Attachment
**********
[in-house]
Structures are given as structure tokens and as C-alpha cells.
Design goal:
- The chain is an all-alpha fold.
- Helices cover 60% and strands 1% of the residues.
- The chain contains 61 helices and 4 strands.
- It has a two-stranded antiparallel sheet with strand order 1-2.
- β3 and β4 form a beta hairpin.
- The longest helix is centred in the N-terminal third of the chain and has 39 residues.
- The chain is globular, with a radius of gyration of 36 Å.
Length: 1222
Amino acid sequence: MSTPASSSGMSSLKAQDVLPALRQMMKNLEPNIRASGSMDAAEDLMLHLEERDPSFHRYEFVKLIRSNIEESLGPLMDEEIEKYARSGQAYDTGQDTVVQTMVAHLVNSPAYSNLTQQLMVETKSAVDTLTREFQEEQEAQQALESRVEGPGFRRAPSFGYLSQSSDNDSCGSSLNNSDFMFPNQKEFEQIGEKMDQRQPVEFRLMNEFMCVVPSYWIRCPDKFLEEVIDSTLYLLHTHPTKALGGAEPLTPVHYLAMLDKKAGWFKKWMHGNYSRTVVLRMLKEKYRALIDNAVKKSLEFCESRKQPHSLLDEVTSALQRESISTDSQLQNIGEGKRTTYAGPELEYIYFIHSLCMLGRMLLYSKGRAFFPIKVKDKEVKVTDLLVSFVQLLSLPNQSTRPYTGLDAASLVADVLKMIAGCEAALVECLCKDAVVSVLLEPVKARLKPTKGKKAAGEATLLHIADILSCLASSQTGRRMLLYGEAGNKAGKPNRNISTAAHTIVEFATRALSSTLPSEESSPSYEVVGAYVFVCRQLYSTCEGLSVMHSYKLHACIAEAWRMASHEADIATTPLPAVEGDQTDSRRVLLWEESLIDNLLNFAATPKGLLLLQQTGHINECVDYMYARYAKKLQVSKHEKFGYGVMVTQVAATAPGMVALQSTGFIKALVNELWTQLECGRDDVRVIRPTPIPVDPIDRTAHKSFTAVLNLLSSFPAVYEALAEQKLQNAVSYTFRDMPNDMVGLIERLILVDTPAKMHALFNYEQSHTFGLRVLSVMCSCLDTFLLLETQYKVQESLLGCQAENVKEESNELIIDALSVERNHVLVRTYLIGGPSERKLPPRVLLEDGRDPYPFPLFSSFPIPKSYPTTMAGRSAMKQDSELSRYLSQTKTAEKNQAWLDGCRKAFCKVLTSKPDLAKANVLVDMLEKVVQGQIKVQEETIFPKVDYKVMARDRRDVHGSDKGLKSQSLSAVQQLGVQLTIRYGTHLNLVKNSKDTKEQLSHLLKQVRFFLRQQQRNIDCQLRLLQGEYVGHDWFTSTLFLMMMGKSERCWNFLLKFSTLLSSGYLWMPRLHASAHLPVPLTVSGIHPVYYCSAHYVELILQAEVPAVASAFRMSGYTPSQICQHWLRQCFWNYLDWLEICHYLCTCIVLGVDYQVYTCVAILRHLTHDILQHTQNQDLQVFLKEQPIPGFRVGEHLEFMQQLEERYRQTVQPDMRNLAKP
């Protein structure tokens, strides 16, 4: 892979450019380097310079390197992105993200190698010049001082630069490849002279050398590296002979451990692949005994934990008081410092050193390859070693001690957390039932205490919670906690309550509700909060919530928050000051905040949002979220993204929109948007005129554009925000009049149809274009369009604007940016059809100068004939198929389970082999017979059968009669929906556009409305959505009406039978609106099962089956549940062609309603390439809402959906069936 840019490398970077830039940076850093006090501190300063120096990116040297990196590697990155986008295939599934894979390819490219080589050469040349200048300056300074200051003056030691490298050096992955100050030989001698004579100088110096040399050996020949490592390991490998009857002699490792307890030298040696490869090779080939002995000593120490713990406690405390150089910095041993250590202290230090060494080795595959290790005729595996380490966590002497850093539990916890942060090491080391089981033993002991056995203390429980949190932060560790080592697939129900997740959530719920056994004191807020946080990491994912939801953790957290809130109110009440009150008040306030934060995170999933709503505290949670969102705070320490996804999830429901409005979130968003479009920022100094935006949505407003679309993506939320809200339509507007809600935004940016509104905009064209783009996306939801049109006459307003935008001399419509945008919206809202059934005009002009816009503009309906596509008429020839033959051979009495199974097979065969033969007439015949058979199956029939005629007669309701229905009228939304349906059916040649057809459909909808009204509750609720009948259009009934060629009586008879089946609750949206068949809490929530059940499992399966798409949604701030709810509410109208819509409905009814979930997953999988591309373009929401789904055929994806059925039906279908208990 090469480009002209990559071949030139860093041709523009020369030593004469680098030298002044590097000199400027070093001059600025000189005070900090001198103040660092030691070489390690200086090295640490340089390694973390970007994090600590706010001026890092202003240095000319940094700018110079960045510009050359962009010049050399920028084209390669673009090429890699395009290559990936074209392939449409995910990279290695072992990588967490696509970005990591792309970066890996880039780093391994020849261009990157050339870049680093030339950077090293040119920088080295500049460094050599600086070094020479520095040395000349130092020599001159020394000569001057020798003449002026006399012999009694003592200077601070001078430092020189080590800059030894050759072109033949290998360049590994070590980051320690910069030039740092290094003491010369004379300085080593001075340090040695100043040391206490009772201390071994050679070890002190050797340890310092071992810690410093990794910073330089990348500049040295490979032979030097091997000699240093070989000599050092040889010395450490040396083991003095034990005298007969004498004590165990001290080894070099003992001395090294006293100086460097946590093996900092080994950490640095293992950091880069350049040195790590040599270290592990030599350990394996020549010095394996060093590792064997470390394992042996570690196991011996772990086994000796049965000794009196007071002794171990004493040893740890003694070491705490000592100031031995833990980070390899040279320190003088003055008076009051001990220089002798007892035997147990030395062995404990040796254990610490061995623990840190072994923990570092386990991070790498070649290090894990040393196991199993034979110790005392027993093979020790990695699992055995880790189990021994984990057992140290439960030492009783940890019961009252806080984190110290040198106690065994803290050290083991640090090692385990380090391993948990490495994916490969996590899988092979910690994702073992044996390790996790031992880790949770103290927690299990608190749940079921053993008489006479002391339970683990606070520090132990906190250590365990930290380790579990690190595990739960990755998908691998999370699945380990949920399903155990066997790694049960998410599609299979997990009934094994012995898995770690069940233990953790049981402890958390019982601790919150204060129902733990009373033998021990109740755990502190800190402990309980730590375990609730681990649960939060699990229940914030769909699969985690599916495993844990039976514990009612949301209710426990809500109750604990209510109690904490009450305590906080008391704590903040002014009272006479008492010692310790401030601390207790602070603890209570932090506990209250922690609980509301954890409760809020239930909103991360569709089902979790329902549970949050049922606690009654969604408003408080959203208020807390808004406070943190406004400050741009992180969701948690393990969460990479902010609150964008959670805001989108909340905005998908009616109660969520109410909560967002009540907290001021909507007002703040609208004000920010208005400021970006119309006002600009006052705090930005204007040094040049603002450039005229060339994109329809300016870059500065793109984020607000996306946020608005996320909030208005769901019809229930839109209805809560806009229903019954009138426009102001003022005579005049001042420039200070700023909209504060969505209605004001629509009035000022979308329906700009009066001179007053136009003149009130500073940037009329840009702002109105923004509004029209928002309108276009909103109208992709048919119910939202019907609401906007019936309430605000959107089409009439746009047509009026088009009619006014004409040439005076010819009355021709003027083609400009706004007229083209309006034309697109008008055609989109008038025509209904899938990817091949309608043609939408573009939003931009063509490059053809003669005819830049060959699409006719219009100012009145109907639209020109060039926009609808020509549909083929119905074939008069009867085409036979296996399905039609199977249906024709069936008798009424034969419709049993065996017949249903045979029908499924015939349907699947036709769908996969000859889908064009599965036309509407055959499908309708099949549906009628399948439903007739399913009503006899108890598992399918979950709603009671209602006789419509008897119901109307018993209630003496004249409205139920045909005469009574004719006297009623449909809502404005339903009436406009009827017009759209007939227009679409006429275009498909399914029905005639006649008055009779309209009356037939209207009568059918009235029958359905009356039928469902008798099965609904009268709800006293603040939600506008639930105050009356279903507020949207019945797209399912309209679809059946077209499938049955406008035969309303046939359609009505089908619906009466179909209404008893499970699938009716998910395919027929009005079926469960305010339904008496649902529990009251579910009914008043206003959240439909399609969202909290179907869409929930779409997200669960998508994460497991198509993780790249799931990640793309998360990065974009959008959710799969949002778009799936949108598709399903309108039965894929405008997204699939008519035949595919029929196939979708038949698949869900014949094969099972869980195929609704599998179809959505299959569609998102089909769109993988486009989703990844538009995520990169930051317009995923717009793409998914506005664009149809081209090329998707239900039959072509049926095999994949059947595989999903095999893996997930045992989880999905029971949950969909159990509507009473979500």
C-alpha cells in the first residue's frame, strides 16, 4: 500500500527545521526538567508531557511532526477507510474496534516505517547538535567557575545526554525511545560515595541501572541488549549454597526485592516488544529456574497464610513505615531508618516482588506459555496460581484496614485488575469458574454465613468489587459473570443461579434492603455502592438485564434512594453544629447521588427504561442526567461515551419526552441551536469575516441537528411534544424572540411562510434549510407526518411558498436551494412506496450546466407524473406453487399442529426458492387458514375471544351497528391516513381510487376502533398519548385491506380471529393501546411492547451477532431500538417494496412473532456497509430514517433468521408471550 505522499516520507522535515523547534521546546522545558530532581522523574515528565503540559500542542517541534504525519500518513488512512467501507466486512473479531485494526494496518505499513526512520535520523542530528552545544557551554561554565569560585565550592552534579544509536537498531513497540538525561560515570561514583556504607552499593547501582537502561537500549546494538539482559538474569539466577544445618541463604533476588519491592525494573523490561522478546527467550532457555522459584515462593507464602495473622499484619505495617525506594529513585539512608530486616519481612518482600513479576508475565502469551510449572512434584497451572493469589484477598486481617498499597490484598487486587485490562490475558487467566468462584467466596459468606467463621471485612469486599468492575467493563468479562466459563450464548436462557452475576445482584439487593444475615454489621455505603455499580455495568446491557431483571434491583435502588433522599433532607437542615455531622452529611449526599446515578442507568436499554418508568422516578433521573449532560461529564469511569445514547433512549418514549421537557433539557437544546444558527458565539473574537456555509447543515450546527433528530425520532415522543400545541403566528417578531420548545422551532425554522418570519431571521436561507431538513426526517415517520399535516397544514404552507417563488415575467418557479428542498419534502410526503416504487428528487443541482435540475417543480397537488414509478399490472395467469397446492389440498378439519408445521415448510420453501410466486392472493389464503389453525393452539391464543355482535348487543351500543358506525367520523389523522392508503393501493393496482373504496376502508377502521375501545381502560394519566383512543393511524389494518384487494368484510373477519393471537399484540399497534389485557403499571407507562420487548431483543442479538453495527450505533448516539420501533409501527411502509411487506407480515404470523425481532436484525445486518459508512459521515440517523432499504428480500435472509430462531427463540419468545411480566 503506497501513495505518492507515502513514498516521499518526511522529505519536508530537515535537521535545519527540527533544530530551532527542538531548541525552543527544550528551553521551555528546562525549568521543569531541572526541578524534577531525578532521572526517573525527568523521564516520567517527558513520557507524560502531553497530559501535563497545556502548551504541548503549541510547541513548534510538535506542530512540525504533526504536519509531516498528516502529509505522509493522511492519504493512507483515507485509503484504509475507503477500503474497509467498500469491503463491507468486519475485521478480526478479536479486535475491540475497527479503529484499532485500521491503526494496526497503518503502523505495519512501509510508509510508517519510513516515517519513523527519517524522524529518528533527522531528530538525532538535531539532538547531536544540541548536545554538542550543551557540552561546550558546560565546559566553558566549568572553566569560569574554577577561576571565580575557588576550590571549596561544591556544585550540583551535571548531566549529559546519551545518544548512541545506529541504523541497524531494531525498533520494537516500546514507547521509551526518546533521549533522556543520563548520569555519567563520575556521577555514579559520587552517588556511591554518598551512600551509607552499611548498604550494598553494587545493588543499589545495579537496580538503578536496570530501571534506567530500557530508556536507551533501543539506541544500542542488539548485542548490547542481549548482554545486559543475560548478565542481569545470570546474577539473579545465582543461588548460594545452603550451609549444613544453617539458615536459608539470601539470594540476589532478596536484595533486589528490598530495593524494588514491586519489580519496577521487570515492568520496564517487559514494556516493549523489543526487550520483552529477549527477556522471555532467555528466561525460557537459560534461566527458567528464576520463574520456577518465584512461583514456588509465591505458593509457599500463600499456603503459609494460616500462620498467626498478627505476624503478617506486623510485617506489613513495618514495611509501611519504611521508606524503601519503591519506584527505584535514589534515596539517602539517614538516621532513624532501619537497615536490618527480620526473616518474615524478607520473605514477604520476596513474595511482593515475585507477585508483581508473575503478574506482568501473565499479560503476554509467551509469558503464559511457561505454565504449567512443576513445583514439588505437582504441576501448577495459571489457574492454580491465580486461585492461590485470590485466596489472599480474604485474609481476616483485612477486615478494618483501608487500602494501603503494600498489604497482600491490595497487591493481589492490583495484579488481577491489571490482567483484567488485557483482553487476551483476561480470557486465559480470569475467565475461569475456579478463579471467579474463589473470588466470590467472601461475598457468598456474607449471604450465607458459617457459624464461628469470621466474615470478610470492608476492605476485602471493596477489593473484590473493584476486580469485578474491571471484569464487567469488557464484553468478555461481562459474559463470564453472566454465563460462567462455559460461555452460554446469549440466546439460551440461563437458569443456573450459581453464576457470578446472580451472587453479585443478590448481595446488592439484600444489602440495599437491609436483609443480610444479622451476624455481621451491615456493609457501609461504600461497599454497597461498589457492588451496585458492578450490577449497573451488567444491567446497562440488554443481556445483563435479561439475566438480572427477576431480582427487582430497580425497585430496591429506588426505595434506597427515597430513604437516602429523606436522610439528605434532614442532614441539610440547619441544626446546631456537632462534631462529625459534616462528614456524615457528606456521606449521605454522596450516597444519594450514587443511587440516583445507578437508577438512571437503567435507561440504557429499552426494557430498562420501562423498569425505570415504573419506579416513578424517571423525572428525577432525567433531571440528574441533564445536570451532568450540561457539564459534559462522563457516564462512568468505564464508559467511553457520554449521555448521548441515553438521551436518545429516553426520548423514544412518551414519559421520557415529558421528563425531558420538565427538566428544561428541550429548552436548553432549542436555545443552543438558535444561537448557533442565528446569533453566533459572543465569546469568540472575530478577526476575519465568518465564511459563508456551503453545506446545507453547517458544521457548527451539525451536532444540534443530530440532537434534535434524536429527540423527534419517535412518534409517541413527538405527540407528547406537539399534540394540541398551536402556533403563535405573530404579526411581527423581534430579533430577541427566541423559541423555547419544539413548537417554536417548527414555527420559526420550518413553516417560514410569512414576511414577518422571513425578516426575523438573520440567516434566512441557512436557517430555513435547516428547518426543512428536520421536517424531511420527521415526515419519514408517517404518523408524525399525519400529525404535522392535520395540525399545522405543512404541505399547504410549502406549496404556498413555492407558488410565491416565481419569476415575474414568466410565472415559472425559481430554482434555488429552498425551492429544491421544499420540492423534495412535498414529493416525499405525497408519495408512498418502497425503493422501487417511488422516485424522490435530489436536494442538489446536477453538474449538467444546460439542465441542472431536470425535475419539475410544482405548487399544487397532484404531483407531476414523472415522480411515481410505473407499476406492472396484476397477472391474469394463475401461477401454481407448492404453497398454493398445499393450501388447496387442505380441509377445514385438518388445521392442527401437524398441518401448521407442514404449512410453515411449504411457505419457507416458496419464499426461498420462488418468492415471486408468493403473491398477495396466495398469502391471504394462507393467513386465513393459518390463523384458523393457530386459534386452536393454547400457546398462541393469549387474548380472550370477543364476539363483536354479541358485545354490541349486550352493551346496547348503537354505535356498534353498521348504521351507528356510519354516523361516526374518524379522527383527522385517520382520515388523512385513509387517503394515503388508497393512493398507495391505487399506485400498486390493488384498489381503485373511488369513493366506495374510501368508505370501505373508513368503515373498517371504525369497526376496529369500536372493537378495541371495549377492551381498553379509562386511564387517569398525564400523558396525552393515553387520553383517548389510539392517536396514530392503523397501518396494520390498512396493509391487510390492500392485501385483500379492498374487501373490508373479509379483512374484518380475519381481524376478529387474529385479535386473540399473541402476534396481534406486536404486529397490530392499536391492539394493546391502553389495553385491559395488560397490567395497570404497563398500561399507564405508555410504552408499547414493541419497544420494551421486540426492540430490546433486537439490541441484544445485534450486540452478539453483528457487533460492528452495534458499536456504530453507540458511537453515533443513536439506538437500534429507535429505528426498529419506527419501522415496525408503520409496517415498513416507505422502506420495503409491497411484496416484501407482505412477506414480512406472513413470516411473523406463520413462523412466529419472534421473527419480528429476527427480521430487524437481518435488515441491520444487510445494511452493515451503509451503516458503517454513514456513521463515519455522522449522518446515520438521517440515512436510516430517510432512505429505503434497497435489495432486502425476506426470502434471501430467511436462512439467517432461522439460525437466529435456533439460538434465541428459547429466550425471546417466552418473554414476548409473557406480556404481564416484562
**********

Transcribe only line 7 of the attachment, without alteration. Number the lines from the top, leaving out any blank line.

- It has a two-stranded antiparallel sheet with strand order 1-2.